ICBP purchases Cousin Island in the Seychelles to create a reserve and save the Seychelles Warbler, which at the time numbered only 26 birds. Today, the reserve is run by Nature Seychelles – an independent local BirdLife Partner formed in 1998 to replace BirdLife’s Seychelles country programme. Thanks to the restoration of its native woodland, the species no longer faces extinction. Its population now numbers more than 25,000 birds, and some warblers have been translocated to neighbouring islands.
ICBP European members are instrumental in getting the European Union Birds Directive approved. This is the EU’s first ever piece of environmental legislation, aiming to safeguard all 500 bird species occurring within its countries. Today, over 27,000 sites are protected under the Natura 2000 network of the EU Birds and Habitat Directives – the world’s largest coordinated network of protected areas. BirdLife’s science and advocacy continues to play an instrumental part in environmental legislation across the world.
ICBP is relaunched as BirdLife International with a new Partnership structure. Finding its former structure as a ‘federation of federations’ too cumbersome for united conservation campaigns, the then director Christoph Imboden proposed a new model with a single BirdLife Partner in each country, covering as many nations as possible around the world. The plan worked, and today the BirdLife family is at its strongest, with over 115 Partners working to protect birds and habitats.
BirdLife launches the Save the Albatross campaign – a precursor of the Albatross Task Force – after finding that widespread declines in albatrosses were driven by accidental ‘bycatch’ in fishing gear. To date, the Albatross Task Force has trialled and introduced ground-breaking new technology, working alongside fishers onboard vessels across eight countries to introduce safer fishing practices. South Africa is a shining example, with an astounding 99% reduction in albatross deaths since our team started there in 2006.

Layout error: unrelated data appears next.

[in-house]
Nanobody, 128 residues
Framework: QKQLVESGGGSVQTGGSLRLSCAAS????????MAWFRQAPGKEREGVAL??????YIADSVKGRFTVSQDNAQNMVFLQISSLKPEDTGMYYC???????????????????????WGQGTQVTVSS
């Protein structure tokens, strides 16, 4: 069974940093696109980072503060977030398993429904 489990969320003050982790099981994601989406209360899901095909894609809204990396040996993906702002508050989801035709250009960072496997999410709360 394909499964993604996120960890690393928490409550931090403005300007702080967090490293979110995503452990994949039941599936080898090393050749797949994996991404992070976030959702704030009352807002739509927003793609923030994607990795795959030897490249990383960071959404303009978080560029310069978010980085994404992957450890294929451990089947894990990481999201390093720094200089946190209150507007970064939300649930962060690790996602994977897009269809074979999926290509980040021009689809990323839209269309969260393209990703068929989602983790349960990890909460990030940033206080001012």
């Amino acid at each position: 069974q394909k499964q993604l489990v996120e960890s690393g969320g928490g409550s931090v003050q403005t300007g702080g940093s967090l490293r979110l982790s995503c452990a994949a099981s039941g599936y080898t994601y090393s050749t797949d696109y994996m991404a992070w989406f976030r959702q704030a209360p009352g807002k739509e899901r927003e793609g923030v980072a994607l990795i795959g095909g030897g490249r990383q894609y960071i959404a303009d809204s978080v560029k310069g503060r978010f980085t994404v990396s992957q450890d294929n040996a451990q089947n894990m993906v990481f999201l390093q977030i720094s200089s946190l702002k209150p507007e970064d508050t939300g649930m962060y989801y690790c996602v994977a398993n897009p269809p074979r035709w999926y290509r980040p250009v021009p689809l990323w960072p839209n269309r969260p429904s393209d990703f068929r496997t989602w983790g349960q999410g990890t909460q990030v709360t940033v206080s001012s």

The world’s first forest restoration concession is granted to BirdLife. This new type of forest management license allows BirdLife Partners to restore more than 2,000 square kilometres of Harapan Rainforest on the island of Sumatra, Indonesia. Today, logging is strictly limited and the forest has been allowed to regrow, with nature-friendly livelihoods set up for local people. The most recent development is a sustainable rubber agroforestry initiative supported by BMW Group and Pirelli.
BirdLife celebrates its 100th anniversary – a year to look back on past successes, but also to apply these lessons to future action. At a critical turning point in the nature and climate crises, we will be using this milestone in our history to inspire and engage new audiences. Our staff will attend important meetings such as the UN Climate Change Conference (COP27) and the UN Biodiversity Conference, helping to define the next century of nature conservation.

Our foundations

The people who met that day included Dr T. Gilbert Pearson, co-founder and president of the National Association of Audubon Societies (now National Audubon in the USA); Frank E. Lemon, honorary secretary of the Royal Society for the Protection of Birds (RSPB, now BirdLife in the UK); Jean Delacour, president of the Ligue pour la Protection des Oiseaux (LPO, now BirdLife in France); and P.G. Van Tienhoven and Dr A. Burdet of the Netherlands.

The organisation’s early concerns, which remain central for BirdLife today, included the protection of migrating birds, the identification and protection of the areas where birds congregate in large numbers, and the most important sites for threatened birds.

The ICBP was responsible within the IUCN (which it helped co-found) for compiling data on the world’s threatened birds in the Red Data Book for birds (1966). Today, its successor, the IUCN Red List for birds has a profound effect on the global conservation agenda. ICBP was also instrumental in promoting the Convention on the Conservation of Migratory Species and the European directives on wild birds and habitats.